Nefyn Urban Characterisation
Project No. GAT1941

The significance of Nefyn
The medieval origins of Nefyn as an urban settlement derive from its coastal location, availability of good agricultural land and the choice of native Welsh princes as their commotal centre and subsequent commercial borough. Though surviving medieval remains are confined to the churchyard and motte, much of the present maze of paths and streets, one of the defining characteristics of the town, also owes its origin to the medieval and sub-medieval borough. The varied topography results in short views along many of the thoroughfares, and the casual visitor is led on, determined to see what is round the next corner. Even Well Street, which preserves the line of the medieval borough, is relatively short, with clearly defined curving ends. The best examples are by the church, where Stryd y Felin, Stryd y Llan and Stryd y Mynach are interlinked by subsidiary paths.

After 1400 the heyday of Nefyn as a commercial borough was largely over, but it continued as a market town with strong agricultural and fishing links and a small ship building industry. The town was particularly well known for its herring fishing, and from medieval times to the early 20th century a large proportion of the population would have been involved with fishing. Nefyn continued to operate as a small market town into the 20th century, though shops have declined in recent years.

There are no known pre-18th century buildings, and by far the majority of the buildings within the old town are 19th century. Significant buildings which remain in the old part of the town include St Mary’s church and the buildings to the north, particularly the Old Bull Inn. Y Felin, the mill, survives to the north, though cannot be seen from Stryd y Felin. At the lower end of Well Street lie Tir Receiver with the houses of Minffordd and Newborough alongside, and south again, Nanhoron House. Minffordd and Newborough are two of the best surviving examples of the vernacular Georgian town house, whilst Tir Receiver is of earlier origin and end on to the street. At the south end of the street the well is the focal point, the present stone well house dating from 1868. There are several examples of stone buildings at this end of the street, including the tall 3-storey terrace below the Three Herrings, built of regularly coursed dark stone blocks, which have been unfortunately ribbon pointed and the windows modernised, as also have the windows in the 18th century inn. Nonetheless the scale of these buildings is a reminder that this is the town centre, and the buildings grouped about the cross-roads included two substantial inns, two banks and several shops and cafes.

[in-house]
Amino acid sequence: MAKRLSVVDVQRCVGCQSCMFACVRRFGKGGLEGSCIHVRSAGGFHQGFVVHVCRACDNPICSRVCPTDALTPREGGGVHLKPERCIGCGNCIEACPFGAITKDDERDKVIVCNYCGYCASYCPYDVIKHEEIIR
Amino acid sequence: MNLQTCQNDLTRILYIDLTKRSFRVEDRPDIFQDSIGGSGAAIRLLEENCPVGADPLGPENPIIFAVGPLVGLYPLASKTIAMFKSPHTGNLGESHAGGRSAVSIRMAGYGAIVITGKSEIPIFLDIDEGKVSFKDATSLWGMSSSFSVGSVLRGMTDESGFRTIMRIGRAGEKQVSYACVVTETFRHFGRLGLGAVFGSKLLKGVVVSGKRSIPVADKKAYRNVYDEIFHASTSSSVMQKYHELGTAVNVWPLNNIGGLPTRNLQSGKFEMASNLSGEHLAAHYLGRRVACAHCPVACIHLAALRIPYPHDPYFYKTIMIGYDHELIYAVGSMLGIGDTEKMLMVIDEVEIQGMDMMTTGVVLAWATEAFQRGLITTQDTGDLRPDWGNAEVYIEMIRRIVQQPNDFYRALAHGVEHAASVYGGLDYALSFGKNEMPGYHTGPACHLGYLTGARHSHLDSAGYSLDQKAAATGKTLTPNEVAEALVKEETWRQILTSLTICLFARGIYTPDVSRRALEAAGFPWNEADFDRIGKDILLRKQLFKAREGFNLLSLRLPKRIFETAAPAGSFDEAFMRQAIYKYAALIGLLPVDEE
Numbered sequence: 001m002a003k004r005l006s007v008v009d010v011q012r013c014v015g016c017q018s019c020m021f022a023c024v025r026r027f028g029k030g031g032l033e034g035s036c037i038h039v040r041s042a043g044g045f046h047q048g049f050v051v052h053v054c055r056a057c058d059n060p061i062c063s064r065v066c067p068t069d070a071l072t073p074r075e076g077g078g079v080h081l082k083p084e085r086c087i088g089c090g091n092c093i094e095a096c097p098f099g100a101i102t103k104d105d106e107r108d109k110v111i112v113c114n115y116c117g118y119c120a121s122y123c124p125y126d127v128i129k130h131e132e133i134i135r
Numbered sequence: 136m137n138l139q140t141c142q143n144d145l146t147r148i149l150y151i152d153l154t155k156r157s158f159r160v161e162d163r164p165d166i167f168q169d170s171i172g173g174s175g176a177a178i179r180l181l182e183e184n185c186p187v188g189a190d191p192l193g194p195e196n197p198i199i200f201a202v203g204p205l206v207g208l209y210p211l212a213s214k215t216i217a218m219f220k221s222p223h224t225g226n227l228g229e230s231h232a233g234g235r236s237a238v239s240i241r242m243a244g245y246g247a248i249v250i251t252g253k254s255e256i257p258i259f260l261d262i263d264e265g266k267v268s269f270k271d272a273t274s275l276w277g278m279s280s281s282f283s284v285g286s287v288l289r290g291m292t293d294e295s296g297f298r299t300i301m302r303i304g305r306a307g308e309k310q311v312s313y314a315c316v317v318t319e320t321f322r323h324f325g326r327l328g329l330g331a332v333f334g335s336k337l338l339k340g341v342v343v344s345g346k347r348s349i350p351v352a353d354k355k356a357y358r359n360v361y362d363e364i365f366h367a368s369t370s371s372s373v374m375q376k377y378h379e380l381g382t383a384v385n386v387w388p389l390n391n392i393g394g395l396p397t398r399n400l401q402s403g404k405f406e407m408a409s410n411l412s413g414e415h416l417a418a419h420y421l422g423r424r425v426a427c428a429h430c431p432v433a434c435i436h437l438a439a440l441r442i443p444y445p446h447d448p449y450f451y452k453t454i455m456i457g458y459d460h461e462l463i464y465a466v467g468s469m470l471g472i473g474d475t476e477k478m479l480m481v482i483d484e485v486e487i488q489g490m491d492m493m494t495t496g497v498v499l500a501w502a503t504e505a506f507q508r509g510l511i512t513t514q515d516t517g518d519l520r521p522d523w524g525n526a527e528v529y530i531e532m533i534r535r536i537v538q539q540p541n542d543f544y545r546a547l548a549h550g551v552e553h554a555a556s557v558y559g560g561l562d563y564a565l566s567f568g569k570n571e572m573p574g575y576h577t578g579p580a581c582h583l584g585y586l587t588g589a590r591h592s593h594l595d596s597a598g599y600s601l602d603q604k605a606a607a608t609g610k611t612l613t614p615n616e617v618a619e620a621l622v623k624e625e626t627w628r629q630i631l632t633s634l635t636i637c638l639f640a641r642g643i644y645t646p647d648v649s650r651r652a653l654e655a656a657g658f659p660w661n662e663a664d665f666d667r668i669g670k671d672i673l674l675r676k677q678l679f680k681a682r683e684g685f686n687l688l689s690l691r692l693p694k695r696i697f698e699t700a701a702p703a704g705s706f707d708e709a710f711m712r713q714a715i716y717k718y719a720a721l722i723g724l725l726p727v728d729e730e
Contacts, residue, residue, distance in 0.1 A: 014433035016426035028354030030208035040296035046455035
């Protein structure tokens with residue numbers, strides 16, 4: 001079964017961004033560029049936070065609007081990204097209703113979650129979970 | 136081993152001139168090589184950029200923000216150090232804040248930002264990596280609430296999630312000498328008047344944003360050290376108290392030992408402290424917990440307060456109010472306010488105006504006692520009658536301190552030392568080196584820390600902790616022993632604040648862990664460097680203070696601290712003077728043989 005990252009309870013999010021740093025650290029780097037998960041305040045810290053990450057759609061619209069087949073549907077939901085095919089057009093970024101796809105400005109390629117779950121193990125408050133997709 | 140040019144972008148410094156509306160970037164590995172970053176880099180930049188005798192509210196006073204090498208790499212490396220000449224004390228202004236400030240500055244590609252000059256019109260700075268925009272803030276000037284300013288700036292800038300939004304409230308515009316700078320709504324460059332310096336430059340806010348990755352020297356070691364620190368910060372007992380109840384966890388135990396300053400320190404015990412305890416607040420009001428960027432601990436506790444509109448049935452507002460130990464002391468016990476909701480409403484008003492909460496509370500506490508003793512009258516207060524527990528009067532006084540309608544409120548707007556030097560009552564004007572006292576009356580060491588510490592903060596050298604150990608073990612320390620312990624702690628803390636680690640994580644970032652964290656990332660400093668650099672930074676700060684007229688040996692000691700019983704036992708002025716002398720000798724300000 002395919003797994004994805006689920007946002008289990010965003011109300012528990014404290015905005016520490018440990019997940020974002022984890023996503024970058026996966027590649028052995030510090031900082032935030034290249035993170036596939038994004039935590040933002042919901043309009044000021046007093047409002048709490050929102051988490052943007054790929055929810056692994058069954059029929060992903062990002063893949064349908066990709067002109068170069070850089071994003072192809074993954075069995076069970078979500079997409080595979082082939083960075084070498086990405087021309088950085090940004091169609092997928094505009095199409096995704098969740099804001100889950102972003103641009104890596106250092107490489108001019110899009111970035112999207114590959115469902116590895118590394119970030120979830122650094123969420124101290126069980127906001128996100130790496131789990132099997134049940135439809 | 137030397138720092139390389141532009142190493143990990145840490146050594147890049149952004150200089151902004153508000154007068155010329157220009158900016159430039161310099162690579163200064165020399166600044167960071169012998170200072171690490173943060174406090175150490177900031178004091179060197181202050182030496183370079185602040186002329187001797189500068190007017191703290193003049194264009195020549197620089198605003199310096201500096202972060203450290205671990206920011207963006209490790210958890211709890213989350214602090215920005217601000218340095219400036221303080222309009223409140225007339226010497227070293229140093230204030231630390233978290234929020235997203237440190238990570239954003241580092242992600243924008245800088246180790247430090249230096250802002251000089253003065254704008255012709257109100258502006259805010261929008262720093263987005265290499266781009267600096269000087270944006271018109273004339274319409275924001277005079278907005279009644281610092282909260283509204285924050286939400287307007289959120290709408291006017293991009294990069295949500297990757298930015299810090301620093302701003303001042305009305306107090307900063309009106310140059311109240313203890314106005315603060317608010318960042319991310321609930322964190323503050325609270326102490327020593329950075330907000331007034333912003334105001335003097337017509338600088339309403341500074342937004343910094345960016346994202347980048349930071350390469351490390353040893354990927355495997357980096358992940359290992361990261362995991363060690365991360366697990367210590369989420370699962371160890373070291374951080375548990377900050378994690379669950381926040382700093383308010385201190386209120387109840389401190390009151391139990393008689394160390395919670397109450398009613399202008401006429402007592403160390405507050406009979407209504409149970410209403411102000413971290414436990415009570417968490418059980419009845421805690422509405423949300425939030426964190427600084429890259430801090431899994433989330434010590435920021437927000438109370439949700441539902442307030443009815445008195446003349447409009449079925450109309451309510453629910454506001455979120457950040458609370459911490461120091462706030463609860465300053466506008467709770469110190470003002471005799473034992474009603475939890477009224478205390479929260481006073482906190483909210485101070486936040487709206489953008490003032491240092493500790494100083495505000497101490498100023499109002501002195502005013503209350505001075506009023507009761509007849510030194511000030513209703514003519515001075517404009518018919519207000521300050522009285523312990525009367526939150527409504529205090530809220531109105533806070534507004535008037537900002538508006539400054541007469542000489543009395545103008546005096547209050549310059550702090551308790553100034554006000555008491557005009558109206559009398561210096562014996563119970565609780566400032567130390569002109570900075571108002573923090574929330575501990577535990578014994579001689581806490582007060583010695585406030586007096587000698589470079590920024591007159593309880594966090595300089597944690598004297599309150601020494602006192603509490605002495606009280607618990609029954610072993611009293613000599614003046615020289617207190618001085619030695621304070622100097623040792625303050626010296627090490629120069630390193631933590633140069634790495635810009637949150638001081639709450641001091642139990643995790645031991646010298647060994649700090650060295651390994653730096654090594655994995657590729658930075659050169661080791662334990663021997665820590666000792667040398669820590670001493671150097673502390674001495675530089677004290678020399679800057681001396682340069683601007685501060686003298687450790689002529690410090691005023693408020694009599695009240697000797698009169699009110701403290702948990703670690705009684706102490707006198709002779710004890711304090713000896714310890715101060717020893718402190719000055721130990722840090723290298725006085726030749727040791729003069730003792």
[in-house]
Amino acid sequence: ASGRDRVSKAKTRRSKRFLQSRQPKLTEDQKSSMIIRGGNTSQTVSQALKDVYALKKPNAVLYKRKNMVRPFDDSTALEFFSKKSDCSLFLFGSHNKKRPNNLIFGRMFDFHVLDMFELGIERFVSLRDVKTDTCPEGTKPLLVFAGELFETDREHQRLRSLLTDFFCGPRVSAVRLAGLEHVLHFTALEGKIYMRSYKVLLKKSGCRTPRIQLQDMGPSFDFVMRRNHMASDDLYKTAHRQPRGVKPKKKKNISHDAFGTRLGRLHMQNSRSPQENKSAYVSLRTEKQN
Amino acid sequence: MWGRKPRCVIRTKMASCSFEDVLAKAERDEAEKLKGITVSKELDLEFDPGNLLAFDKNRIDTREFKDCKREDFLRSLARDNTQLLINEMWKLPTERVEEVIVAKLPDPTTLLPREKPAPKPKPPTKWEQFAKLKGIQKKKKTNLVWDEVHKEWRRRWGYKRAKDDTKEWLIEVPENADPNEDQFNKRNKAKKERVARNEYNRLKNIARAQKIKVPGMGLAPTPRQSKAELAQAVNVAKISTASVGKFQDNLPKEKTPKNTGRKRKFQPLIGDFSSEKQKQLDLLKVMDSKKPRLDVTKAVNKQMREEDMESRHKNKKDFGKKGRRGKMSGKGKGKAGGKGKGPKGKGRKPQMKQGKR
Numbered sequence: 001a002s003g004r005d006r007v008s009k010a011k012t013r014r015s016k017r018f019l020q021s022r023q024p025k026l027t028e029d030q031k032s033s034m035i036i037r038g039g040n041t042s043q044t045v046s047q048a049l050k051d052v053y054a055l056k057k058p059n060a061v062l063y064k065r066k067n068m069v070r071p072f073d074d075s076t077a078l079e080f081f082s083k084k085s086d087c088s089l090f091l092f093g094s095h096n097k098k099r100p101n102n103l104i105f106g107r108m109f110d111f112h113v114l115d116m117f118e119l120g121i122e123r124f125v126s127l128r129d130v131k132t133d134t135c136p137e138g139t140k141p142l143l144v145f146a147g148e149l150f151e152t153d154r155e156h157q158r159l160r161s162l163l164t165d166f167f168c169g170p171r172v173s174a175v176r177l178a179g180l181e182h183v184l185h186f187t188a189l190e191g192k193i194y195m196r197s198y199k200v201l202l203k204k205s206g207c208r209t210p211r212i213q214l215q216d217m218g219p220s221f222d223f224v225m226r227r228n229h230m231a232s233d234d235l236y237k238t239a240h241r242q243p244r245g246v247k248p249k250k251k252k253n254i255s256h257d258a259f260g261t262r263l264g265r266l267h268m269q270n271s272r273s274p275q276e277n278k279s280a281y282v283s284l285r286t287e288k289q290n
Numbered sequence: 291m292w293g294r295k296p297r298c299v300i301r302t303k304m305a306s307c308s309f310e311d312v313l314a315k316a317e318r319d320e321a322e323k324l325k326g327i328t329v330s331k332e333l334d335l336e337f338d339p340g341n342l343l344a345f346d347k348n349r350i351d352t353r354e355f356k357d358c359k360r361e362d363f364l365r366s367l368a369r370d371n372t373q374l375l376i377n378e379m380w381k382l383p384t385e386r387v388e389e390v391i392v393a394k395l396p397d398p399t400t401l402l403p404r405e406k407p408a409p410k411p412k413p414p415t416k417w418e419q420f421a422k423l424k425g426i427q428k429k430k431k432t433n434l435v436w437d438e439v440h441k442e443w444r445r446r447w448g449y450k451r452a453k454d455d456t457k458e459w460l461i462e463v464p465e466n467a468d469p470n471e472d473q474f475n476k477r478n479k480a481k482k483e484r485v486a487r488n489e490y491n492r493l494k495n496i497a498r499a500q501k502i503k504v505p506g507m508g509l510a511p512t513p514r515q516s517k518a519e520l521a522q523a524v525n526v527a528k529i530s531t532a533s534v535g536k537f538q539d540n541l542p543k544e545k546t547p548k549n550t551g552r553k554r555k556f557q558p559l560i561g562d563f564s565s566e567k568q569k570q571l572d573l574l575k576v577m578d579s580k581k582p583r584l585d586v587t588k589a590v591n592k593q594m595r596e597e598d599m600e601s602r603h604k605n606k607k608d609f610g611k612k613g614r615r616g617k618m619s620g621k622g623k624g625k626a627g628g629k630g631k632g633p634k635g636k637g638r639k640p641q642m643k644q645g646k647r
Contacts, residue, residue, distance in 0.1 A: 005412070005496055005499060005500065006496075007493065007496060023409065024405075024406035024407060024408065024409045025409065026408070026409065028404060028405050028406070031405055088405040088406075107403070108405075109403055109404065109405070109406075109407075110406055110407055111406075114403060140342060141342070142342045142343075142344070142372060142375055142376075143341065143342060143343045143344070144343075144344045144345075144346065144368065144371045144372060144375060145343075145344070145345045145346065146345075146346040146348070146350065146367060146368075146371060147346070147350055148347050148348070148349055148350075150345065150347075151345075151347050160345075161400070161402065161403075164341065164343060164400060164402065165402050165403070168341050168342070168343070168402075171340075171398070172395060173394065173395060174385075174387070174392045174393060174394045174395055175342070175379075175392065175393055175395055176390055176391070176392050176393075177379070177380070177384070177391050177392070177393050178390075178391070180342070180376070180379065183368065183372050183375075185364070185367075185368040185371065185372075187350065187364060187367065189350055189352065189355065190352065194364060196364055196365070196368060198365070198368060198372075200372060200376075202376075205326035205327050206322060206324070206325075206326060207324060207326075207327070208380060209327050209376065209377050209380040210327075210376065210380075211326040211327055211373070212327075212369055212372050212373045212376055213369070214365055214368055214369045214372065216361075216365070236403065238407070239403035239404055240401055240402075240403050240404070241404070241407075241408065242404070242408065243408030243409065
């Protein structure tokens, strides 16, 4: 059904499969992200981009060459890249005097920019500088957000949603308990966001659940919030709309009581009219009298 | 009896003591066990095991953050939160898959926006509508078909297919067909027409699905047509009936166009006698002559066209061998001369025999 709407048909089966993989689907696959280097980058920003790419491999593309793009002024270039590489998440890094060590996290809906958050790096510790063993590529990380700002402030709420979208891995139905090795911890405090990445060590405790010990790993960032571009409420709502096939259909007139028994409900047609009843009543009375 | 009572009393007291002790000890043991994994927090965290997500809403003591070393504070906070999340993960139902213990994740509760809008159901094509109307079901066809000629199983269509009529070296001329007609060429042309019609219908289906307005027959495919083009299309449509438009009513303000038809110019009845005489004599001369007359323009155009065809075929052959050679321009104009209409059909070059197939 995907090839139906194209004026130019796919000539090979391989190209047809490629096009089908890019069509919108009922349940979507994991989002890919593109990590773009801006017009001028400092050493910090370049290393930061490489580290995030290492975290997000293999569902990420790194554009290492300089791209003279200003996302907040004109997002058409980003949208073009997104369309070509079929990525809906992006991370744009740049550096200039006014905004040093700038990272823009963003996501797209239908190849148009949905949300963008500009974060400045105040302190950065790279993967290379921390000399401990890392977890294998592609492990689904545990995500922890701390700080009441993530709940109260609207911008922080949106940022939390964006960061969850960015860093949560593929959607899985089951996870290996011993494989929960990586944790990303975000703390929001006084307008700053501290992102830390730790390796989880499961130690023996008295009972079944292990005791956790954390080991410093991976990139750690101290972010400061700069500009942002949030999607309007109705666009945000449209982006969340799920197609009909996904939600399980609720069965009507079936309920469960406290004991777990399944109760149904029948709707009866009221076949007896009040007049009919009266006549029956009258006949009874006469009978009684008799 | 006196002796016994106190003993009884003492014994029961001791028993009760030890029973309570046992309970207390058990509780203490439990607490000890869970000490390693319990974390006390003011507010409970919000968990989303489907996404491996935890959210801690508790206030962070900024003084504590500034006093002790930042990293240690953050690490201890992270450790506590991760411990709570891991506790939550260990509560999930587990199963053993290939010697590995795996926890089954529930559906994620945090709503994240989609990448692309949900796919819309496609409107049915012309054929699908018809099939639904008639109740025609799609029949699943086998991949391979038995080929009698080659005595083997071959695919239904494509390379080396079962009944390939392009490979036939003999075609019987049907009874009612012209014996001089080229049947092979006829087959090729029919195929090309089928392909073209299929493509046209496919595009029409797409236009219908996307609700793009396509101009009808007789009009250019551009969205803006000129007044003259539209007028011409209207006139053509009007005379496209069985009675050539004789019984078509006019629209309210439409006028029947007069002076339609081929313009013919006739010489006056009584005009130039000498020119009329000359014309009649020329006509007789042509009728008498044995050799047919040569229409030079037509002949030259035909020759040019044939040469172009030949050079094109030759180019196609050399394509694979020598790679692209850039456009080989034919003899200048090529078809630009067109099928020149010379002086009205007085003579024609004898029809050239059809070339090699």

Y Maes is defined by tightly packed houses in groups, with more open areas recalling its former use. The resulting effect is complex and busy, with buildings at contrasting angles which reflect the historical boundaries underpinning subsequent development.

Expansion of the town past St David’s and towards Morfa Nefyn is an interesting example of early 20th century development of largely civic functions, including the school, church, church hall and war memorial. The wider roads and more open nature of the development contrasts with the older town.

Andrew Davidson, Robert Evans